The initiative was established after Western Balkan countries committed to moving towards clean energy in the Podgorica Joint Statement of 21 February 2019. The establishment of the Platform mirrors a similar approach within the EU, where a “Just Transition Platform” supports the implementation of the Just Transition Mechanism. This pledges at least €100 billion in investments over the period 2021-2027 to support workers and citizens of regions where high-carbon assets are located.
The EBRD’s Green Economy Transition (GET) approach 2021-25 aims to increase the Bank’s green financing to more than half its annual business volume by 2020 while helping countries where it works build low carbon and resilient economies. In line with the Paris Agreement and the GET approach, the EBRD’s own Just Transition Initiative, launched this year, aims to ensure the benefits of a green economy transition are shared while protecting vulnerable countries, regions and people from falling behind. It will do this by combining its expertise in green economy investments with its focus on economic inclusion.
Since the middle of 2021, renewable energy producers in Western Balkan countries have been increasingly terminating their long-term contracts based on feed-in tariffs and other government incentives. They are starting to sell electricity on the free market. Rising market prices present new business opportunities for independent renewable power producers (IPPs) and buyers of green electricity.
Non-hydro renewables such as solar and wind have a limited presence in the energy mix of Western Balkan countries but are steadily increasing in the past few years. The region has a significant transformation potential towards a low-carbon energy system, according to the Renewable Market Watch™. Only Albania has no reliance on coal, with the generation coming exclusively from hydro. In contrast, half of Bosnia and Herzegovina's installed capacity is based on coal-fired power plants, rising to almost two-thirds in Serbia and nearly 100 per cent in Kosovo.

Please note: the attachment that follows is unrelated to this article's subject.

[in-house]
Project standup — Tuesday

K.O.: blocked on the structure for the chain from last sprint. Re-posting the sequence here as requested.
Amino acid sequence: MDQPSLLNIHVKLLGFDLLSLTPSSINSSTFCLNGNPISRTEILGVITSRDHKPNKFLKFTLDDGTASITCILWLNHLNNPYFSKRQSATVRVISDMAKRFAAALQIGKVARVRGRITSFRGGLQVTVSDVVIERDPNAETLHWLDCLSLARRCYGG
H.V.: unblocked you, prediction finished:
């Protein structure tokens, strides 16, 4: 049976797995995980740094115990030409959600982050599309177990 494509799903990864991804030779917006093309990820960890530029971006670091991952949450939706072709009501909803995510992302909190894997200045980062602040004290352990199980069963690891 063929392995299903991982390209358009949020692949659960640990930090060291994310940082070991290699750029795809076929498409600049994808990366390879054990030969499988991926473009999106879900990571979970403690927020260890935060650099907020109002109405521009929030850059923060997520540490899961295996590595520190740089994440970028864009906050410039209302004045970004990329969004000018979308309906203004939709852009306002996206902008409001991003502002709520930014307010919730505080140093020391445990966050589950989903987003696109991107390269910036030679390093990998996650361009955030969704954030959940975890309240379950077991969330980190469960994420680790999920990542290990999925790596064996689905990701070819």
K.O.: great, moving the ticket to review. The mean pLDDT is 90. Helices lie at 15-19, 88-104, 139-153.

Large-scale investments in renewable energy projects provide alternative power sources to traditional coal, and work is being carried out to modernise the district heating networks across the region. In the Western Balkans Solar Photovoltaic (PV) Power Market: Outlook 2023÷2032, more than 109 solar projects across the region are featured. Still, some of the most important have been financed with the EBRD's support.
More substantial efforts towards further development and reducing administrative barriers of governments of Western Balkan countries will make the solar sector more productive and competitive and accelerate its evolution. As a result, the whole community will benefit from the increasing possibility that solar photovoltaic energy will be able to contribute substantially to the Western Balkan countries' electricity generation by 2032.
The more information about the solar power market in Western Balkans, including full contact details of solar project owners and developers, you may read here: Western Balkans Solar Photovoltaic (PV) Power Market Outlook 2023÷2032
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To download the executive summary brochure with sample pages for the solar sector in Western Balkans, please access from here: Western Balkans Solar Photovoltaic (PV) Power Market Outlook 2023 - 2032- Sample